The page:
Articles on Being Good, on Being Great

Flow is the Opiate of the Mediocre: Advice on Getting Better from an Accomplished Piano Player

Strategy #4: Create Beauty, Don’t Avoid Ugliness.
“Weak pianists make music a reactive task, not a creative task. They start, and react to their performance, fixing problems as they go along. Strong pianists, on the other hand, have an image of what a perfect performance should be like that includes all of the relevant senses. Before we sit down, we know what the piece needs to feel, sound, and even look like in excruciating detail. In performance, weak pianists try to reactively move away from mistakes, while strong pianists move towards a perfect mental image.”

How to Be Great? Just Be Good, Repeatably

There is a famous saying from Napolean Hill which says, “If you cannot do great things, do small things in a great way”. I would actually argue the quote should be, “If you cannot do great things, do small things a great number of times”.

If you don’t have the opportunity to “do great things”, focus on consistently achieving small wins. These small things in fact do not need to be done in a great way, but a good way, repeatably. In fact, I would advise not to focus on perfection, as it is often the enemy of the successful.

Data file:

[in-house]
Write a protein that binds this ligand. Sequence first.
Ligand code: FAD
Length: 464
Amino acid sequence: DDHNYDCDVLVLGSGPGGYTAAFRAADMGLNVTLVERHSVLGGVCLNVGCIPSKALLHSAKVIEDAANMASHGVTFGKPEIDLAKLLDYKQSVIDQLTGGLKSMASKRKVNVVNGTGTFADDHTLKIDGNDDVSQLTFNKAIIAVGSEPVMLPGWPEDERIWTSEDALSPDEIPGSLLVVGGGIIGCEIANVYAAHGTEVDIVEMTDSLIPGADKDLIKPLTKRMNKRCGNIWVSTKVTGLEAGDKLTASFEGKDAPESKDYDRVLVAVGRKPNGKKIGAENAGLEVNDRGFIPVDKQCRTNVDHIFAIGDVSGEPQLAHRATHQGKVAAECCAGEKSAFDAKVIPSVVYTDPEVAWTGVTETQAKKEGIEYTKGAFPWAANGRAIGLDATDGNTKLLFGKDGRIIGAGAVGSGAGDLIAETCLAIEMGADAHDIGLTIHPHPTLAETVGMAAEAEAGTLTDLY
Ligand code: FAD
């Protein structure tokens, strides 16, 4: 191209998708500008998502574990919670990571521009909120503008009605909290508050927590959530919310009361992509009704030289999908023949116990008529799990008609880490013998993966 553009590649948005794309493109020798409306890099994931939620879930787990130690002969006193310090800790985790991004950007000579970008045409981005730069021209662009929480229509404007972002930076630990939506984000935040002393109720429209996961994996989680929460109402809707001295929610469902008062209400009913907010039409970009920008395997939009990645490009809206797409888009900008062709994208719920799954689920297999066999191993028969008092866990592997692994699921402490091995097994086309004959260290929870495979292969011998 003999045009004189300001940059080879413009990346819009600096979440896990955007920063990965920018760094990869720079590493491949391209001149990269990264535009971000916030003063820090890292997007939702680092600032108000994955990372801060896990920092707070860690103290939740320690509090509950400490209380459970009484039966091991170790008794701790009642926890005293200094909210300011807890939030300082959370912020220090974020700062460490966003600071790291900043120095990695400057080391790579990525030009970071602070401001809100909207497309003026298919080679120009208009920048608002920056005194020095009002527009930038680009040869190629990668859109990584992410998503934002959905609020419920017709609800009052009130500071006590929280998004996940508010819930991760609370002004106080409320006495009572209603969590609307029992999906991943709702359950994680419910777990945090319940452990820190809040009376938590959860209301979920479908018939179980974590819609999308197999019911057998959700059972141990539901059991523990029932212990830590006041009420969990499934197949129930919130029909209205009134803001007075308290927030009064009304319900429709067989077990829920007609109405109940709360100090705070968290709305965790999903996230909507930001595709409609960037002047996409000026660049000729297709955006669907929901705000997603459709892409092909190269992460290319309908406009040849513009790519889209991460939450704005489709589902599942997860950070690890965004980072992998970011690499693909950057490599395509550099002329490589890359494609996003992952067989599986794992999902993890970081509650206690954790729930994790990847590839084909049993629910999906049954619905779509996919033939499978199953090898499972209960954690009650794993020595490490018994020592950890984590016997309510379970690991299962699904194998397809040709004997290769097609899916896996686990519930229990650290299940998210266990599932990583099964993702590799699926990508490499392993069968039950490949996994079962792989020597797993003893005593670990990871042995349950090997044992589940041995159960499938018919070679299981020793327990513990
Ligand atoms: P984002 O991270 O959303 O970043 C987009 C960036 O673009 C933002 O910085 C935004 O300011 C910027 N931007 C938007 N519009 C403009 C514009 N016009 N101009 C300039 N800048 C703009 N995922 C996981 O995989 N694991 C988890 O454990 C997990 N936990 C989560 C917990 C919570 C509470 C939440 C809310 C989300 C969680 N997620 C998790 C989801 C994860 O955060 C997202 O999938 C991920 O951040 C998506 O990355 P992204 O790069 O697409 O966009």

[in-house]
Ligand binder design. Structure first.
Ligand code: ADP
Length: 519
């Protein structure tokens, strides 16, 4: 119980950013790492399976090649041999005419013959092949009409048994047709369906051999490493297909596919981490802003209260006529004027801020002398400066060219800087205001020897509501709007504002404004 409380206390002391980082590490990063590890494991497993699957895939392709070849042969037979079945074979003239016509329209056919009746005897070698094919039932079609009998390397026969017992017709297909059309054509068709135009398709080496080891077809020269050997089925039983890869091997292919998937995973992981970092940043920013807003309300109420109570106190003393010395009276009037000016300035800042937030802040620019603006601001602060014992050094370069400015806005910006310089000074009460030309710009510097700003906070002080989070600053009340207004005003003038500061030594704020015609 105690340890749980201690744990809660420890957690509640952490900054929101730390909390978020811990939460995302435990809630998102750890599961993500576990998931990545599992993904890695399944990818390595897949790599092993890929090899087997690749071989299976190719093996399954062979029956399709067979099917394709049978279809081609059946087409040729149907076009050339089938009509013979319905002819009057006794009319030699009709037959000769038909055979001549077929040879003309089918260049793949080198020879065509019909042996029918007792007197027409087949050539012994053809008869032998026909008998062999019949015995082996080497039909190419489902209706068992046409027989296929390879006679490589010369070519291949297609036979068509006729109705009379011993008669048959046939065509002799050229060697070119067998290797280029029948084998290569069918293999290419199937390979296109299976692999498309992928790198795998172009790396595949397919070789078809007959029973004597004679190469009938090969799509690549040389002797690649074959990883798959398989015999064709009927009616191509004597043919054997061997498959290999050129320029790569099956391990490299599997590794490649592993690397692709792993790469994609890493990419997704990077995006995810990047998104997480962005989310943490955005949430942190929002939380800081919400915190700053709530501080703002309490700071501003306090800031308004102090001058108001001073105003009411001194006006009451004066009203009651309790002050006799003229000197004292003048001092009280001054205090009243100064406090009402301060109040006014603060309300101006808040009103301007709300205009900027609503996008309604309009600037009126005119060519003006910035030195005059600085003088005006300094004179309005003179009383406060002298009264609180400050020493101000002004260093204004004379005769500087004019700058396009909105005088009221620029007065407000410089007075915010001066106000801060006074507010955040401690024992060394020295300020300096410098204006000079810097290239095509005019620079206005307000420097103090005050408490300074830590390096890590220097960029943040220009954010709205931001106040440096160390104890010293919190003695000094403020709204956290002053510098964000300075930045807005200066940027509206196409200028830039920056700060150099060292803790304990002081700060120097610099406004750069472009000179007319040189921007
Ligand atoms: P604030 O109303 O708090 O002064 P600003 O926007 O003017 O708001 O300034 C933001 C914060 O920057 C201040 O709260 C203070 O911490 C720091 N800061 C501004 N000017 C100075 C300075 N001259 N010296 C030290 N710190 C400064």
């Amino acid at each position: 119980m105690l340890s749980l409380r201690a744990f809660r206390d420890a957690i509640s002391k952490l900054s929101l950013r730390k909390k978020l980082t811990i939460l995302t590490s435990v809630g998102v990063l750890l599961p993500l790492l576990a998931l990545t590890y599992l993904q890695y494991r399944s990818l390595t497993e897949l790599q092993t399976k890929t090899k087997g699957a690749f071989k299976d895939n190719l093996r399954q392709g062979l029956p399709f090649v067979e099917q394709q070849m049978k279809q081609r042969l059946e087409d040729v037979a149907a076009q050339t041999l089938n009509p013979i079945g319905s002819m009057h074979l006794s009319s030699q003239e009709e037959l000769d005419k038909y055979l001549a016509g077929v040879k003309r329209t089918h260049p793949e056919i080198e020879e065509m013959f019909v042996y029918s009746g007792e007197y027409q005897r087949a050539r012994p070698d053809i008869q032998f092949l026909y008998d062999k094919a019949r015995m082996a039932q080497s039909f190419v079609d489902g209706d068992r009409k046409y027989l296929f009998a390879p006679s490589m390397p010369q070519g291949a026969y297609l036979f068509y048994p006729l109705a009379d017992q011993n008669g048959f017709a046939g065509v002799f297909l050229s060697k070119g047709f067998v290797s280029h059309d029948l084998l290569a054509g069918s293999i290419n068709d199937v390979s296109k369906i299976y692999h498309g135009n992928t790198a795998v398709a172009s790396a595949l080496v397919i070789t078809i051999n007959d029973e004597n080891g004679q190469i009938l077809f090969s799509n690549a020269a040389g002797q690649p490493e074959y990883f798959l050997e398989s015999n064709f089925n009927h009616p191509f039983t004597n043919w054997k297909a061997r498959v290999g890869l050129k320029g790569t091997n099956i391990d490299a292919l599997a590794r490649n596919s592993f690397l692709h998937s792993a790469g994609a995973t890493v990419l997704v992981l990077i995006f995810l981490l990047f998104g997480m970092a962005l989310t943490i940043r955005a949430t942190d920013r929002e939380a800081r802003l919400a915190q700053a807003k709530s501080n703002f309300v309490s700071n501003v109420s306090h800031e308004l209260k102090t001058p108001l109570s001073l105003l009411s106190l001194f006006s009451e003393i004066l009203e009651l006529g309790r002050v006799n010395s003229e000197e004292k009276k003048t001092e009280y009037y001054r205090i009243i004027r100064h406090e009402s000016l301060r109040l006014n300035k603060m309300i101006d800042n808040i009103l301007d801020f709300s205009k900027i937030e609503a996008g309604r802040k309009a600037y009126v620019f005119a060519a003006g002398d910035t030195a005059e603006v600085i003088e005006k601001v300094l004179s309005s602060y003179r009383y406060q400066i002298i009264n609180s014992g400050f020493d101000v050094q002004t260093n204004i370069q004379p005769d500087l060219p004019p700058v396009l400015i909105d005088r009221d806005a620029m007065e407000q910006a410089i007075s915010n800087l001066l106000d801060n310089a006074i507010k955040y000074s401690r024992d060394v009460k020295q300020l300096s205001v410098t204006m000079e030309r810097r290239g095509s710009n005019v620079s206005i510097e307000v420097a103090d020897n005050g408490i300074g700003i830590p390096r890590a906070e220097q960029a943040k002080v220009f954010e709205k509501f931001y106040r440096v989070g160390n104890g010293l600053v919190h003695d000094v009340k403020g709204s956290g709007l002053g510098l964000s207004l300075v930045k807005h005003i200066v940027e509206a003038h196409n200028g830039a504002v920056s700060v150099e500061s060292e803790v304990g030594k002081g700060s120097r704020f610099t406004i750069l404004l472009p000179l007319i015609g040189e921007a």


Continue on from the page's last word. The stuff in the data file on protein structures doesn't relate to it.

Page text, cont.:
Work Habits at Apple – Ole Begemann

Melton: Oh, Christ! Yeah, exactly, I couldn’t do that. I had to do something right away. I said in the article that I wrote for The Loop magazine, when Steve asked you a question you didn’t ramble and whatever you did, you didn’t make up an answer. And if you didn’t know, you said that you didn’t know. And more importantly, you told him when you would have an answer.

So sometimes, when you would get these emails, you’d had to be blunt and say: “I don’t know. Here’s what I’m doing to get you that answer and when I expect it”, you said as your kids were begging you to go out and see this nice sight in France or wherever the hell you were at. I mean, that’s just what you did.

And I have sometimes have young people come up to me today and ask me about being successful in this business. And part of it is just dumb luck, being in the right place at the right time. Thank God I listened to my wife when I took that job at Apple.

But the other thing is, you have to realize to really be successful to a sin, it’s kind of a Faustian bargain you make. If you’re not willing to pay that price, it’s not gonna come to you. I hate to say that. And so you have to ask yourself, is that really the way you wanna live your life? ’Cause it’s not like I recommend it, either. You have to think long and hard about that.

And I know I’ve read a lot of studies how this is a stupid way for the tech industry to function. And that’s certainly true. But this happens all over, and it’s not just the tech industry, it’s just I think in the tech industry it’s on steroids […]. But damn, there is no way you can cruise through a job at Apple, Inc. That just does not happen for anybody I’ve ever seen.

via Work Habits at Apple – Ole Begemann.

Defensive Pessimism

I often describe myself as an optimistic pessimist; I guess it’s really defensive pessimism at work.